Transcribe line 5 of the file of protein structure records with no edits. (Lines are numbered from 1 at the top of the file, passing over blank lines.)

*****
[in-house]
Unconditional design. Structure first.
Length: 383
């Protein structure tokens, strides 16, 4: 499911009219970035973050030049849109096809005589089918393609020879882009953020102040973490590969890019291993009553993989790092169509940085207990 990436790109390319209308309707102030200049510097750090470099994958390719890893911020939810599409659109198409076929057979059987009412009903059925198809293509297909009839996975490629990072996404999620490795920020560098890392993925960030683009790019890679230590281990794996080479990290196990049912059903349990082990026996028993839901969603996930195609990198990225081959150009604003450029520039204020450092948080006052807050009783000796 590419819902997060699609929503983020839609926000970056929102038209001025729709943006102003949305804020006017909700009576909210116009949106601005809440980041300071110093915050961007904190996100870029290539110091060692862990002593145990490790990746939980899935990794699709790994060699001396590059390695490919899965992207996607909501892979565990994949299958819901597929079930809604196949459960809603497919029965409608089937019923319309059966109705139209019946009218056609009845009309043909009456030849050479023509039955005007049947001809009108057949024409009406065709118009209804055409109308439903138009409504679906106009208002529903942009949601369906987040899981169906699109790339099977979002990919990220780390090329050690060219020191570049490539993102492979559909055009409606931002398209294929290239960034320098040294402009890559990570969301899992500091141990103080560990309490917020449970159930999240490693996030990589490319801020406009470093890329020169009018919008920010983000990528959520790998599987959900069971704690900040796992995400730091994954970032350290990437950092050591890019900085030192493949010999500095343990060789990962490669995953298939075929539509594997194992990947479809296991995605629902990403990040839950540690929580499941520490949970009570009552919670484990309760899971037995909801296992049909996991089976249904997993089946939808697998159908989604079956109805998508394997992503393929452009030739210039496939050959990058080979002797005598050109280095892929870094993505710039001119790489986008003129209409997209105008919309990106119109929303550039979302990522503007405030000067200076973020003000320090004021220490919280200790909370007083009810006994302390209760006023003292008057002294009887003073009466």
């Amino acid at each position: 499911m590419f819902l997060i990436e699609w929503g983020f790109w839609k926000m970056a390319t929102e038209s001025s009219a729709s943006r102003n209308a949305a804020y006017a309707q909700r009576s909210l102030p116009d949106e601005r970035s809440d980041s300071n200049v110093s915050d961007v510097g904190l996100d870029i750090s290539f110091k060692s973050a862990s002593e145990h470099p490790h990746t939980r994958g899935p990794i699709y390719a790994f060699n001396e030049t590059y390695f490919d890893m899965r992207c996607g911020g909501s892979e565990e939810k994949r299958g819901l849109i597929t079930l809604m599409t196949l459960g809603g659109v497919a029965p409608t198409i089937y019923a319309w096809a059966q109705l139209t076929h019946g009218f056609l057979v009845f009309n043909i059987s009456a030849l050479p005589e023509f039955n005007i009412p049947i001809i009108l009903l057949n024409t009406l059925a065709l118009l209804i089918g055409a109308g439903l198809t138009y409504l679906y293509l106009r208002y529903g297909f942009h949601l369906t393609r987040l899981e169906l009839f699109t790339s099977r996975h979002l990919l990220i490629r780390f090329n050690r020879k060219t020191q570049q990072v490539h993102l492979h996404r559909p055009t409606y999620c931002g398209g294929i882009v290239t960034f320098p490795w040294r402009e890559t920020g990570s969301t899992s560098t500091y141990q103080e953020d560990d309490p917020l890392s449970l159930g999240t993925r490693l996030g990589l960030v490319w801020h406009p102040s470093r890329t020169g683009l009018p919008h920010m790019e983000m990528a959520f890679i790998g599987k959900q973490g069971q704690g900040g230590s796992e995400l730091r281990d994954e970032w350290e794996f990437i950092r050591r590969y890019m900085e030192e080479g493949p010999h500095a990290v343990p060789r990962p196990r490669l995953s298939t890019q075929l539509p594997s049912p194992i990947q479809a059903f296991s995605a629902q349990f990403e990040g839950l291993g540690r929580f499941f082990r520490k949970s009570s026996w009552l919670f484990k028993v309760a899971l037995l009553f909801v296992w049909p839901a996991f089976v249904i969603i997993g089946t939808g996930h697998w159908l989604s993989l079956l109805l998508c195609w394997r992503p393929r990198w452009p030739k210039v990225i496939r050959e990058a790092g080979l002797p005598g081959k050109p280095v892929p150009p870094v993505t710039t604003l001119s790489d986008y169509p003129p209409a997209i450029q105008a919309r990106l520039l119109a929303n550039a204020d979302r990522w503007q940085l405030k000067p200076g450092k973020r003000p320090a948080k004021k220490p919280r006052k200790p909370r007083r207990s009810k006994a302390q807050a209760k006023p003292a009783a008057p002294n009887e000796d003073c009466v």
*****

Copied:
């Amino acid at each position: 499911m590419f819902l997060i990436e699609w929503g983020f790109w839609k926000m970056a390319t929102e038209s001025s009219a729709s943006r102003n209308a949305a804020y006017a309707q909700r009576s909210l102030p116009d949106e601005r970035s809440d980041s300071n200049v110093s915050d961007v510097g904190l996100d870029i750090s290539f110091k060692s973050a862990s002593e145990h470099p490790h990746t939980r994958g899935p990794i699709y390719a790994f060699n001396e030049t590059y390695f490919d890893m899965r992207c996607g911020g909501s892979e565990e939810k994949r299958g819901l849109i597929t079930l809604m599409t196949l459960g809603g659109v497919a029965p409608t198409i089937y019923a319309w096809a059966q109705l139209t076929h019946g009218f056609l057979v009845f009309n043909i059987s009456a030849l050479p005589e023509f039955n005007i009412p049947i001809i009108l009903l057949n024409t009406l059925a065709l118009l209804i089918g055409a109308g439903l198809t138009y409504l679906y293509l106009r208002y529903g297909f942009h949601l369906t393609r987040l899981e169906l009839f699109t790339s099977r996975h979002l990919l990220i490629r780390f090329n050690r020879k060219t020191q570049q990072v490539h993102l492979h996404r559909p055009t409606y999620c931002g398209g294929i882009v290239t960034f320098p490795w040294r402009e890559t920020g990570s969301t899992s560098t500091y141990q103080e953020d560990d309490p917020l890392s449970l159930g999240t993925r490693l996030g990589l960030v490319w801020h406009p102040s470093r890329t020169g683009l009018p919008h920010m790019e983000m990528a959520f890679i790998g599987k959900q973490g069971q704690g900040g230590s796992e995400l730091r281990d994954e970032w350290e794996f990437i950092r050591r590969y890019m900085e030192e080479g493949p010999h500095a990290v343990p060789r990962p196990r490669l995953s298939t890019q075929l539509p594997s049912p194992i990947q479809a059903f296991s995605a629902q349990f990403e990040g839950l291993g540690r929580f499941f082990r520490k949970s009570s026996w009552l919670f484990k028993v309760a899971l037995l009553f909801v296992w049909p839901a996991f089976v249904i969603i997993g089946t939808g996930h697998w159908l989604s993989l079956l109805l998508c195609w394997r992503p393929r990198w452009p030739k210039v990225i496939r050959e990058a790092g080979l002797p005598g081959k050109p280095v892929p150009p870094v993505t710039t604003l001119s790489d986008y169509p003129p209409a997209i450029q105008a919309r990106l520039l119109a929303n550039a204020d979302r990522w503007q940085l405030k000067p200076g450092k973020r003000p320090a948080k004021k220490p919280r006052k200790p909370r007083r207990s009810k006994a302390q807050a209760k006023p003292a009783a008057p002294n009887e000796d003073c009466v």